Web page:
OK, I know some of you are already offended. “How could you possibly equate training humans with training a dog?” you ask. Hear me out. Dee and I are about to get a puppy. We’ve been without a canine companion in our lives for nearly nine years and we’ve been reading up on puppy training. For years, as booksellers, we were aware of the Monks of New Skete and their books about their gentle training methods, but this is the first occasion we’ve had to really delve into those books.
Here are the principles that apply to their training: 1) Be clear about, and clearly communicate your expectations. Managers, like dog owners, often leave their charges guessing what is expected of them. Is it any wonder that confusion ensues? 2) Quickly, and gently, correct mistakes. Have you ever waited until an annual review to talk with someone about a bad mistake or negative behavior? How did that work out? 3) Praise and reward generously and punish sparingly. Do staff members cringe when they see you coming? Do you give credit for a job well done? 4) Constantly reinforce the training. We’d all like to believe that training is a once and done proposition. But our experience tells us otherwise. So accept that and plan on reinforcing proper procedures and behavior. 5) Have fun. As the famous ad man David Ogilvy said “where people aren’t having any fun, they seldom produce good work.”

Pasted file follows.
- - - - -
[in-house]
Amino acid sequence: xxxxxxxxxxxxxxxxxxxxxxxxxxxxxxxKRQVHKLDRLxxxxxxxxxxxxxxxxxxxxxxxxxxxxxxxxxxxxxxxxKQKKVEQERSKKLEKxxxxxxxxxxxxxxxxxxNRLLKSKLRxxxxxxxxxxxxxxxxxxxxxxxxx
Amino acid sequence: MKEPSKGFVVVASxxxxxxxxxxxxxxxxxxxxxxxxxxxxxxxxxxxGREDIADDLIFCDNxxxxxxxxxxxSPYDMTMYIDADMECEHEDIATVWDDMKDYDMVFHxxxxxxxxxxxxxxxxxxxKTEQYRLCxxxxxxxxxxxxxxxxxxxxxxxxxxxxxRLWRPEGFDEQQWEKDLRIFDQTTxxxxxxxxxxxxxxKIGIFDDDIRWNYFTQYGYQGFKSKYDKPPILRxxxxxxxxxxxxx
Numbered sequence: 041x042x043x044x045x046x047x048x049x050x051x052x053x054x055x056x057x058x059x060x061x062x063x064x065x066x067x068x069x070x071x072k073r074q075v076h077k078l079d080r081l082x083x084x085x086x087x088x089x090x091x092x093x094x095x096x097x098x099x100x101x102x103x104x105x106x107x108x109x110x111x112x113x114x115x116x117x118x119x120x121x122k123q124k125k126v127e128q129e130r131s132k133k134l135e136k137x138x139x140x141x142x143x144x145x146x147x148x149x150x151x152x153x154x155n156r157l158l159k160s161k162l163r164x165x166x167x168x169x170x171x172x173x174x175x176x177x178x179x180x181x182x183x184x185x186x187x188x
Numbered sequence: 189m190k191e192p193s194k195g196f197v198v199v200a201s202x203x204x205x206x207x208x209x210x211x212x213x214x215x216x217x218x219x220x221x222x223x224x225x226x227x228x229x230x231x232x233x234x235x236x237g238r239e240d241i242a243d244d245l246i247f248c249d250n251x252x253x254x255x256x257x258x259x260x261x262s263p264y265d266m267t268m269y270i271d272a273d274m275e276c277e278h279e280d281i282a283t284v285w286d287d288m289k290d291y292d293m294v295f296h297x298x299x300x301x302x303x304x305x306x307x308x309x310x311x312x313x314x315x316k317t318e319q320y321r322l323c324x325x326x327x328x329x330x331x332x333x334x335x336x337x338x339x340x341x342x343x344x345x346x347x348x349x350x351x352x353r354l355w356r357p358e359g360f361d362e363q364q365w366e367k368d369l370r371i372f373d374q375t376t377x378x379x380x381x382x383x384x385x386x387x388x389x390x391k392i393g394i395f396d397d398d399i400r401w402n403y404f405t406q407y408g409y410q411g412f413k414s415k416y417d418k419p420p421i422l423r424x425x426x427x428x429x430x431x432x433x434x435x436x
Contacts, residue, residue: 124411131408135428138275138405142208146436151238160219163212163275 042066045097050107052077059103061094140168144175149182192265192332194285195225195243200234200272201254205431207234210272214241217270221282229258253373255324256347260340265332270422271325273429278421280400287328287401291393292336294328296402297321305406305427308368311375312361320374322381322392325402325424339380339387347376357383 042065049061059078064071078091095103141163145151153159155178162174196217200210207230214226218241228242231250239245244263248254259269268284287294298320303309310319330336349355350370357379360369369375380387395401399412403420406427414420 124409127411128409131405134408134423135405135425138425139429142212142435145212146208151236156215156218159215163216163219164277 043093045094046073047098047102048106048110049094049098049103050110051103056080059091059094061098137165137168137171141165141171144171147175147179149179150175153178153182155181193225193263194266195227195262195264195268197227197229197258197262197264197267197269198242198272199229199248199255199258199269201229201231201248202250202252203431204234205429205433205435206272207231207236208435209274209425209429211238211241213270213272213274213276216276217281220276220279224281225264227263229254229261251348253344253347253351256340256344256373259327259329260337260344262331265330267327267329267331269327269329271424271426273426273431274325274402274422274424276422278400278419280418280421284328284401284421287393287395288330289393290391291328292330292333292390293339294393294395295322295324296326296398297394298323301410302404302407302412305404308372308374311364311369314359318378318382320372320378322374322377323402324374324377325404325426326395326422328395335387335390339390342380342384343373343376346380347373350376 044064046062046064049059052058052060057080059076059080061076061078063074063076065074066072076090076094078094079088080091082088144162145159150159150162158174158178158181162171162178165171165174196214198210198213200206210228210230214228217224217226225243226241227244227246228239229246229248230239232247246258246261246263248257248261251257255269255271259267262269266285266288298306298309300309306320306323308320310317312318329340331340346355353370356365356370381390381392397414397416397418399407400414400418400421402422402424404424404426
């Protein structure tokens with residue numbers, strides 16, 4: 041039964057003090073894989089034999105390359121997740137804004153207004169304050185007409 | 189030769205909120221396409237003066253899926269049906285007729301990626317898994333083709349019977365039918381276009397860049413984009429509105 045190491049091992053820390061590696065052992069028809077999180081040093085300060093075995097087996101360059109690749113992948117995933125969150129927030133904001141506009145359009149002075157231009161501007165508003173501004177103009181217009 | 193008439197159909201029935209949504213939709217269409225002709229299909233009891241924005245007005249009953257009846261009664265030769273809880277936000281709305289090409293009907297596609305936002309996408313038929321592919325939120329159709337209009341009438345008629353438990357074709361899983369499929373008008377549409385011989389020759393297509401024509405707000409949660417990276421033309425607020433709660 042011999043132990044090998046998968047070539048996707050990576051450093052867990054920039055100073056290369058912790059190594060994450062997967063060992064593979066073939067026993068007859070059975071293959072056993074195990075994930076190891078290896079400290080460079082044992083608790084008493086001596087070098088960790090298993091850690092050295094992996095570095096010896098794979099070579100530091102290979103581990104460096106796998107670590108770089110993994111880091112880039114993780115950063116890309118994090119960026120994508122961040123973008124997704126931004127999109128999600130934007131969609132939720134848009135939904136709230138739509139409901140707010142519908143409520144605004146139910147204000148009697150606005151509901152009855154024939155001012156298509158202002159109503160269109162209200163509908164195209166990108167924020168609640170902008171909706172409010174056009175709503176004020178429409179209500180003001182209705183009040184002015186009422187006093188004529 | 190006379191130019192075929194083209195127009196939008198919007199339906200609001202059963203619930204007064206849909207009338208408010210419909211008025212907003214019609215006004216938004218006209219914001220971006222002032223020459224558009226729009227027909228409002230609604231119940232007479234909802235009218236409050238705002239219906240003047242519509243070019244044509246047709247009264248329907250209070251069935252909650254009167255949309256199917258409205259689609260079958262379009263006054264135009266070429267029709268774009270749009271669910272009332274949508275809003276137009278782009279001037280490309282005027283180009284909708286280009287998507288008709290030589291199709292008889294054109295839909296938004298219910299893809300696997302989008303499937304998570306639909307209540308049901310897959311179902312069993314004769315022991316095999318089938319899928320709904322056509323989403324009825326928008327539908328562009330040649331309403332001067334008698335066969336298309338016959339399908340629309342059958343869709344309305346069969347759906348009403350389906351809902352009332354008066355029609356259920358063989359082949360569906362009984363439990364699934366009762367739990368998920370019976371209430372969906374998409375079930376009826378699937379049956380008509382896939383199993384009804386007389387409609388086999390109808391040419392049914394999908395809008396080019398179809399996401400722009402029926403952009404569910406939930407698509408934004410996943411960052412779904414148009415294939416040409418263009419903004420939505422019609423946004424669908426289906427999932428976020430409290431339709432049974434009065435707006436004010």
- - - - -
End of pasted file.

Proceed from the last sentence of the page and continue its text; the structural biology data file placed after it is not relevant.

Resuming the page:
The idea of training a puppy, the monks insist, is not to teach some well-rehearsed tricks. The purpose is to make it easy for the human and dog to live together and benefit each other. The purpose in training employees is the same. In nearly four decades of running businesses I made many mistakes in training staff members. I hope I’m more successful with my puppy.